25th June 1788
Reference Numbert17880625-36
VerdictNot Guilty

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438. JANE WYLAE was indicted for stealing on the 28th of April , a gold mourning ring, value 8 s. the property of Richard Carpenter .


I live at No. 16, Aldgate High-street, I lost a mourning ring on the morning of the 28th of April, about nine o'clock in the morning; I am an engraver, and a dealer in jewellery , I had made this ring for a neighbour, and had sent it home the Friday before, and the gentleman sent it back to me with another for some alteration, and a mad bullock being driven by, a parcel of people run into the shop, I went round the counter; I was much confused at so many people coming in, and I laid down the one ring by the other, the people then went away; I forgot the two rings thro' the confusion, and put some others away; soon after I wanted one to send to a workman to alter, and then recollected it; a Mr. Bunn brought me one of them at five o'clock on the same evening; I know it to be the ring, because it was the only one that had been made for the family.

Mr. BUNN sworn.

I am a pawnbroker, I had the ring of Ann Deer ; she brought it me on the 28th of April, about five in the afternoon, and I stopped it; the daughter of the prisoner was with her; I saw the name of Colebatch on the ring, with the day of his

death, age, &c. I enquired and heard the ring belonged to Mr. Carpenter.

ANN DEER sworn.

I carried the mourning ring to Mr. Bunn's, I got it from the prisoner between the hours of five and six, I chare for her; I was passing by the door, and she asked me if I would go of an errand to pledge the ring for her, I took it to Mr. Bunn's and he refused it, I told him I had it from the prisoner; I then went back, and the prisoner sent her daughter, who is about ten years of age, with me.

Mr. Knowlys. You was the first that was stopt with the ring? - Yes.

And desired to give an account of it? - Yes.

How came Mrs. Wylae to ask you why you did not come on the Monday, was not she angry with you? - She was.

Did not she use hard names? - No, she did not.

I shall soon make that appear, will you swear she did not? - She did not.

Then she was not angry? - Not that I know of.

Which do you mean to say, you have sworn both? - I do not know she was.

Court. Was she displeased? - She was a little or so.

Well, do not you know, that if you had not shifted this ring to Mrs. Wylae, you must have answered for it, and been tried for it? - I do not know, she took it off her finger and gave it me.

Court. When you was first questioned about the ring, did not you know that unless you produced the person who gave it to you, you would have been liable to have been tried for it yourself? - Yes, my Lord; I did.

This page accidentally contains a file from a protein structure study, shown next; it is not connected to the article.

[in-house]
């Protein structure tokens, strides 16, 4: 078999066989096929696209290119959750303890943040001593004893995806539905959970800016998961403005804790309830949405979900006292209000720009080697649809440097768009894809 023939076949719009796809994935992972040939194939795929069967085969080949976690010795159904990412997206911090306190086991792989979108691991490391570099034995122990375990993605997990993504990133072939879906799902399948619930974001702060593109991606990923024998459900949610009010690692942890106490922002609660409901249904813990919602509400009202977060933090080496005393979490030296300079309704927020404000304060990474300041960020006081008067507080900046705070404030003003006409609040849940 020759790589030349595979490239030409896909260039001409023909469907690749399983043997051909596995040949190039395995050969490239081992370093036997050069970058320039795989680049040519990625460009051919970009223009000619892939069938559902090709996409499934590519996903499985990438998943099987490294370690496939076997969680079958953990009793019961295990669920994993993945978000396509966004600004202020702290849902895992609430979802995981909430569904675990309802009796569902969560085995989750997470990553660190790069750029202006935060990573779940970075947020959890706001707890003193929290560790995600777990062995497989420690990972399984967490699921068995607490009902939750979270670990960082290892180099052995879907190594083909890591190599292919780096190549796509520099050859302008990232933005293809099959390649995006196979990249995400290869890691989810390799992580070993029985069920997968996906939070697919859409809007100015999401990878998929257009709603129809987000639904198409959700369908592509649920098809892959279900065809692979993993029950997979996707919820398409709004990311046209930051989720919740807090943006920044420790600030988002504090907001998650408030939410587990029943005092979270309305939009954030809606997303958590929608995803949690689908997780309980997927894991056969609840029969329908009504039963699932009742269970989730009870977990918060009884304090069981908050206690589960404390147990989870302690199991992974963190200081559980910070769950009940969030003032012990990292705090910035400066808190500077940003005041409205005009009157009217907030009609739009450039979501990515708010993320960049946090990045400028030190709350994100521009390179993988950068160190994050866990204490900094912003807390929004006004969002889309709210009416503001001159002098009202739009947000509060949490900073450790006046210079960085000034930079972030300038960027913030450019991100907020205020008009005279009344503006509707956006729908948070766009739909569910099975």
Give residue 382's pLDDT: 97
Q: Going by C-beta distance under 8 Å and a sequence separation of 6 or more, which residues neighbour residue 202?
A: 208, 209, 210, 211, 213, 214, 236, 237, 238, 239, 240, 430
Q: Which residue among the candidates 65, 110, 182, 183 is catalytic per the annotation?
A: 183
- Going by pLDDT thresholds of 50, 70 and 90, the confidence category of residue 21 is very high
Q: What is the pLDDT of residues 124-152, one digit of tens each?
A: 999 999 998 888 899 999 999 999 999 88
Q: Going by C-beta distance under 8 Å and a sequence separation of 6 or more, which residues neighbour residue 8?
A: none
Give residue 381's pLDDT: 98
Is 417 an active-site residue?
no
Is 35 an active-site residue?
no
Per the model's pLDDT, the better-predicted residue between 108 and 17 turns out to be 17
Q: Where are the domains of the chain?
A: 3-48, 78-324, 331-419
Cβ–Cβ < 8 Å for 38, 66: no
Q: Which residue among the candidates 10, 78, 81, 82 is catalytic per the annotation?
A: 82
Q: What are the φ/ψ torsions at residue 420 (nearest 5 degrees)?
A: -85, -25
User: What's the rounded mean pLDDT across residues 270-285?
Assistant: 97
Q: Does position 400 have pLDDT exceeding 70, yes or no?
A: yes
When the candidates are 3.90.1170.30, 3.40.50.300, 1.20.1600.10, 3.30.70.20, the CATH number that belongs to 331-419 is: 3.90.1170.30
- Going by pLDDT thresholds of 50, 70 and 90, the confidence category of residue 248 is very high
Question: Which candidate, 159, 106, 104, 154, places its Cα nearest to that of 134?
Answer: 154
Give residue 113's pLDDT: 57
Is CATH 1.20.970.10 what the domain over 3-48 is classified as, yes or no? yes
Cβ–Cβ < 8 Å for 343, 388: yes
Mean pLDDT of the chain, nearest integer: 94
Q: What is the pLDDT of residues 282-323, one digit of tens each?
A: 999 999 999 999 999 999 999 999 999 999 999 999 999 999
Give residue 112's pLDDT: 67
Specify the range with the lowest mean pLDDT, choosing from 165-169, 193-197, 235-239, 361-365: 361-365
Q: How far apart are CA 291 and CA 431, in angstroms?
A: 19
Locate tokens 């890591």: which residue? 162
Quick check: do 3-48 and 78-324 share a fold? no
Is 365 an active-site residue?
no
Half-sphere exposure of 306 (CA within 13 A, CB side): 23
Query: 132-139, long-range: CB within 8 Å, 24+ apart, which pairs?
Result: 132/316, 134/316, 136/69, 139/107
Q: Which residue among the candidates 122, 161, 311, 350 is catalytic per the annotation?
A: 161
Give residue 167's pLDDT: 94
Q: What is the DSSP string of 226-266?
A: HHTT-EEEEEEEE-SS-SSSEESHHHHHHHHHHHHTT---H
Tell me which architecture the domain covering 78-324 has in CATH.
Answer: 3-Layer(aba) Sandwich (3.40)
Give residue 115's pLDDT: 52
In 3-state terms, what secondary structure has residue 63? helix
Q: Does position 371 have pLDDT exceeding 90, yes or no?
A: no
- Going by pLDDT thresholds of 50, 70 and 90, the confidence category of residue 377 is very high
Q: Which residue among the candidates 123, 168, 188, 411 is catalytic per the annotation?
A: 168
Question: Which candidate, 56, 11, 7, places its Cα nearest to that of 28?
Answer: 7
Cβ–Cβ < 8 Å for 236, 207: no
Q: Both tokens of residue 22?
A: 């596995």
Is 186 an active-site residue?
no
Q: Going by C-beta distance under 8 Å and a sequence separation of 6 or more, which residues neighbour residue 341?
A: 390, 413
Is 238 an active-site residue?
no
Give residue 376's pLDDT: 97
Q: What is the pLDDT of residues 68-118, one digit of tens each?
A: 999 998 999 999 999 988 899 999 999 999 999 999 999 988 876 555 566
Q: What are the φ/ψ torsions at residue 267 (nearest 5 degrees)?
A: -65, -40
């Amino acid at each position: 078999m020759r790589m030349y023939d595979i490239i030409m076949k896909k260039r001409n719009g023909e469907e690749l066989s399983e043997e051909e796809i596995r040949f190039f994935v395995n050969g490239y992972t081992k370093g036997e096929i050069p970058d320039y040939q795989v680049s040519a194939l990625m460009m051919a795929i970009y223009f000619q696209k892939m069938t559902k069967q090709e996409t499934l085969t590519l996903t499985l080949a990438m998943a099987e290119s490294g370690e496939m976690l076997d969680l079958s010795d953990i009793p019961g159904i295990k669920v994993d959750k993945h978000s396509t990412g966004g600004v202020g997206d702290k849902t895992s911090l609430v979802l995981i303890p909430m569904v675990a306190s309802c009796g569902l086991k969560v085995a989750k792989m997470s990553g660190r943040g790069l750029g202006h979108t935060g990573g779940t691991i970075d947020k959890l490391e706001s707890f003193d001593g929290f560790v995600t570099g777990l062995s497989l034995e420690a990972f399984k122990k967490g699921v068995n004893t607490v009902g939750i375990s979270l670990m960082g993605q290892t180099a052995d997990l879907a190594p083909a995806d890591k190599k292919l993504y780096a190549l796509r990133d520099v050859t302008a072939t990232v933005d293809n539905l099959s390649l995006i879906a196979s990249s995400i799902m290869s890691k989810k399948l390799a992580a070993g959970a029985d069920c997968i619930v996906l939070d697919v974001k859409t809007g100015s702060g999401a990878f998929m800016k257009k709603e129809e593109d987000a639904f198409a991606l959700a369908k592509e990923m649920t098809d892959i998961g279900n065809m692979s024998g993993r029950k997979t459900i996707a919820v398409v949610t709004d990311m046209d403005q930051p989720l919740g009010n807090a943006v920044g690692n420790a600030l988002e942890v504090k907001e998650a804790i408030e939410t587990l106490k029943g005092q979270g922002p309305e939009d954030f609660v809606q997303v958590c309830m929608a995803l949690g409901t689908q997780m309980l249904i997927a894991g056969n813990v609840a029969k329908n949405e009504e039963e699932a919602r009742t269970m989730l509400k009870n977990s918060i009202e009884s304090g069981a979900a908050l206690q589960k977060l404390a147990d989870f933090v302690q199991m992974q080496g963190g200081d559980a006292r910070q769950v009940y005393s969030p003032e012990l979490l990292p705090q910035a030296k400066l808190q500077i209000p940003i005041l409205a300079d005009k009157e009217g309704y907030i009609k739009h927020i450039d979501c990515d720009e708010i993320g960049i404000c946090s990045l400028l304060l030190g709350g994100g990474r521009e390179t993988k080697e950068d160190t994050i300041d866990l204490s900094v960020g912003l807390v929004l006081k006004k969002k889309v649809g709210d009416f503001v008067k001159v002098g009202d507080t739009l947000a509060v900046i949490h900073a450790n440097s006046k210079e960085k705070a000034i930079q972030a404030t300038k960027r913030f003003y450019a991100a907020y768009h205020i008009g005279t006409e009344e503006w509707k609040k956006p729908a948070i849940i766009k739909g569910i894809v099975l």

Mr. Knowlys. What do you mean by your having said you never was in a scrape before; do you mean you never was taken up? - I never was.

When you returned from Bunn's, was she at home? - She was.

You was taken into custody? - I was; I was in the Counter from Monday till Saturday.


I am a constable, and was sent for by Mr. Bunn about this ring, and he gave me charge of the last witness, and the prisoner's daughter, and gave me the ring; I took the girl and the last witness to the Counter; she said she had it from Mrs. Wylae.

Court to Carpenter. Did you ever see Mrs. Wylae before you saw her before the Lord Mayor? - I did not; I never saw either the prisoner's daughter or Ann Deer before.

Bunn. I have known Wylae before: after charging the prisoners, I was going to her house, I called on Withers, and I perceived some body watching at the front of her door in Petticoat-lane, which I am sure is the prisoner, on her observing me, she went backwards and went out the back way; I did not see her for a fortnight afterwards, when she surrendered herself.


Mr. Bunn is not certain as to my person, for he took a Mrs. Ward into custody for me; I am a widow woman with a large family.

Bunn. It is totally false.

Withers. There was no woman in the house that resembled Mrs. Wylae.

Ann Jenkins . I have known the prisoner some years, she was always a hard working woman, and has a large family.

David Davis says the same.

Robert Evans has known the prisoner six years, is a worthy honest industrious woman.

Frances Jenkinson has known the prisoner twenty-four years, is a worthy honest and industrious character.


Tried by the London Jury before Mr. RECORDER.

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